The Malpass Brothers
Official URL: http://themalpassbrothers.com/
There’s an endless stream of schlock seemingly dribbling out of Nashville and the country music genre. Occasionally, however, listeners find a chance to sift a rare gem from the muck and waste promoted as the next big thing. Chris and Taylor Malpass, have debuted with a memorable self-titled debut. This release, produced by Doyle Lawson, looks back to a distant time in the genre’s history when the genre’s performers and songwriters adhered much more closely to the music’s roots in folk music, gospel, blues, and early rock and roll. There isn’t a hint of parody anywhere – the Malpass Brothers lovingly recreate the past and expend enormous effort trying to make pouring old wine into new bottles an enjoyable experience for performer and listener alike.
They make some serious missteps on the cover songs. Speeding up Roy Clark’s wrenching “Which One Is To Blame” softens the song’s shattering, plainspoken poetry and Taylor Malpass’ vocal never quite reaches Clark’s level of ache. Honkytonking the song up falls squarely in line with the brothers’ musical intentions, but the song’s complicated subject matter works, in part, because it suggests more than it says and a jauntier tempo robs it of some pathos. “It’ll Be Me” never offends. Instead, it pulses steadily to a conclusion without ever raising the listener’s pulse. Taylor Malpass volunteers for the unenviable task of tackling Faron Young’s legendary country hit “Hello Walls” and never embarrasses himself. He certainly could have opened up a little more, added a bit more power; his attentive singing is a highlight. In contrast, the musical backing lets him down with its ham-fisted attempts to recall the original with weak harmonies and relatively uninspired playing.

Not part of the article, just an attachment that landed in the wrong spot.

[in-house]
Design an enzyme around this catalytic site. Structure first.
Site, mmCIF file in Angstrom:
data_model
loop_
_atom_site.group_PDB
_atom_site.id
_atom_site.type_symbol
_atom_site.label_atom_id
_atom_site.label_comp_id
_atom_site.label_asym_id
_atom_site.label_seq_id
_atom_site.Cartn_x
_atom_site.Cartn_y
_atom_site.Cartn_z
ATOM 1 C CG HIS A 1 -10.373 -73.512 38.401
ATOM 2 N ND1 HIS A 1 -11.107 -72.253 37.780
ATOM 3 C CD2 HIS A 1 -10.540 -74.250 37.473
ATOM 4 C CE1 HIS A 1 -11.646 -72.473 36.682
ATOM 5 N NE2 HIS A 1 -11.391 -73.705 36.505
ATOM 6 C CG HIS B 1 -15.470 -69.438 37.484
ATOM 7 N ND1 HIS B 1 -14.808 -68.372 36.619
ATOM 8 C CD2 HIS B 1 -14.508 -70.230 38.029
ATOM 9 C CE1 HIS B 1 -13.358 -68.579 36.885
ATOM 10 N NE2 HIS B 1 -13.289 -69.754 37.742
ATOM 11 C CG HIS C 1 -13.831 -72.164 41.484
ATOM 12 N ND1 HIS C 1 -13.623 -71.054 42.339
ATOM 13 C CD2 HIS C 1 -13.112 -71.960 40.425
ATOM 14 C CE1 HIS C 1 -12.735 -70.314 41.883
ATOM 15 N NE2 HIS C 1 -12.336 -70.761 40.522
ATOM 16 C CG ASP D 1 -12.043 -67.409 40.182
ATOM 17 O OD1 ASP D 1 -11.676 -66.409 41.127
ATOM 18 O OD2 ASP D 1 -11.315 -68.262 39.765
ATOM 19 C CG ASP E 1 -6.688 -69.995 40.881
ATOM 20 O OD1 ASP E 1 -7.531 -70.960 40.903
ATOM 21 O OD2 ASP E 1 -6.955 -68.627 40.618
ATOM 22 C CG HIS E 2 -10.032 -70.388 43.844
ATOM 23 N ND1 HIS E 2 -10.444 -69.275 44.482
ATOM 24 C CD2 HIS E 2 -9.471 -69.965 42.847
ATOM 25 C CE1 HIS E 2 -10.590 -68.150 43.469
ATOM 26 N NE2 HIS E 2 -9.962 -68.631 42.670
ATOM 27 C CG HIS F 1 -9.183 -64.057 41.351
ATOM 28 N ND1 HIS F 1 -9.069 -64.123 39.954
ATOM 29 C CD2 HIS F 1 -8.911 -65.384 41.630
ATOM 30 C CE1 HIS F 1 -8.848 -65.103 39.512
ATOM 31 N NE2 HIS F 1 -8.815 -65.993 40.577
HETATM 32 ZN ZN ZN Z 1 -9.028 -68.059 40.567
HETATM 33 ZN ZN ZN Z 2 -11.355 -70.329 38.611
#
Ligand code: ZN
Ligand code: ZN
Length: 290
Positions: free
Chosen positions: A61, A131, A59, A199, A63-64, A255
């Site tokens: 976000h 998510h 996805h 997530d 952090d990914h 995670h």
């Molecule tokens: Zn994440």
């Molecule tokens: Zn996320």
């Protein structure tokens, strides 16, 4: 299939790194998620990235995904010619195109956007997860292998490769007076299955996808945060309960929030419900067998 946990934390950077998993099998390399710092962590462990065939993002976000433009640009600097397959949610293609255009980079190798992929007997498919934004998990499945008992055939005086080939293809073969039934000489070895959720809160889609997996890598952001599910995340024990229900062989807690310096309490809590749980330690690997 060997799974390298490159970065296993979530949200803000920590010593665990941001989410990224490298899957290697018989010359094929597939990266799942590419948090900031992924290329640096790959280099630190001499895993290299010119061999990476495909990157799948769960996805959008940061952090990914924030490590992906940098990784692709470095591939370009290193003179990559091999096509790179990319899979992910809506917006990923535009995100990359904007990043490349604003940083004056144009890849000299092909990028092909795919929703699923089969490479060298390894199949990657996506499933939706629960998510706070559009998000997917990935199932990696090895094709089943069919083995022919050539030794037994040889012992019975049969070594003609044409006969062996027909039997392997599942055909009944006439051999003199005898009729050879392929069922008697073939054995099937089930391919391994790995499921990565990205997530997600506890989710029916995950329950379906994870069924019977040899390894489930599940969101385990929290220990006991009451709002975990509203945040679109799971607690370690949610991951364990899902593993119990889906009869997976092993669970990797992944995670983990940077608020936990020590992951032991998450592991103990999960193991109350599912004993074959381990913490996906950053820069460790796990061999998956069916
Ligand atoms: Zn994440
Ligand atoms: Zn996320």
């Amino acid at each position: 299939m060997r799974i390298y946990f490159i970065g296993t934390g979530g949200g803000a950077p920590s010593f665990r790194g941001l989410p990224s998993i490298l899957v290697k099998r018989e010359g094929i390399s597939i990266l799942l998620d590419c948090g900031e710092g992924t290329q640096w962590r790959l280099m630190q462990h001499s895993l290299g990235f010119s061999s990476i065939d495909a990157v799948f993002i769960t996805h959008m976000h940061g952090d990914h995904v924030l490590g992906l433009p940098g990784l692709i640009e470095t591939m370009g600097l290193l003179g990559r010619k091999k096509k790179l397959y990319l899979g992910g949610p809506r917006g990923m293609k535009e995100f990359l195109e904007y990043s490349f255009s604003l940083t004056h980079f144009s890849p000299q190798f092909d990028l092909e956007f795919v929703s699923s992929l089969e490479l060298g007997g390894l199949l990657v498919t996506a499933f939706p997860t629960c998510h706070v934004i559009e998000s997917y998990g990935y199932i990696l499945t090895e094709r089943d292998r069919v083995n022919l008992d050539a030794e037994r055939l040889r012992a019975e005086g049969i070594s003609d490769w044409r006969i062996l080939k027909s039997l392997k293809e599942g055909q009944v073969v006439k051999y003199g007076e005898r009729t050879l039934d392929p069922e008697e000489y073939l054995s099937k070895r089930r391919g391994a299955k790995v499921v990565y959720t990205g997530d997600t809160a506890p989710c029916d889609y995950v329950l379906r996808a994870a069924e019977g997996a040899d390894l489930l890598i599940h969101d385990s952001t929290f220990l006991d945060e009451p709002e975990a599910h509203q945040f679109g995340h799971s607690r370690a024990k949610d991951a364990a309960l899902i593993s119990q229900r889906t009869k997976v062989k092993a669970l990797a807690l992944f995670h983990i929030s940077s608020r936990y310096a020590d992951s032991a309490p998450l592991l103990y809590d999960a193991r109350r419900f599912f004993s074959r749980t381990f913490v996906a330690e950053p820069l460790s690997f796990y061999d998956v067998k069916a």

The band includes three songs from closer to their own creative circles. The first, “Learn to Love Me Too”, is a fine ballad with excellent dramatic and musical qualities alike. There is an urgency here not always heard in the covers that sets the song apart. “Here in Alberta I’ll Stay” obviously, as the press materials say, makes a conscious attempt to ape the great Marty Robbins vocally, but the star here is Pete Goble’s fine, cinematic lyric that ranks as one of the album’s finest moments. The third song, “I Found Someone to Love” is a classic example of a country music burned-by-love torch song with its dark, simplistic humor and resolute attitude. Much like blues music, chorus like this are full of a “laugh to keep from crying” attitude that overuse has unfortunately obscured. This is another of the album’s better songs and ambles in a loose, confident way.
“Satan and the Saint” is a well-intentioned flop. It isn’t for want of skill or desire – the brothers turn in a typically strong musical performance. The fault, ultimately, lies with the Louvin Brothers. Neither Chris nor Taylor can weave quite the same spell that Ira and Charlie produced, but they earn respect for trying. It’s the sort of effort that distinguishes the entire album. The Malpass Brothers are deeply invested in tradition and accurately representing it for a modern audience. This memorable, but unremarkable, debut spends too much time relying on the past rather than letting it inform and strengthen their innate talents.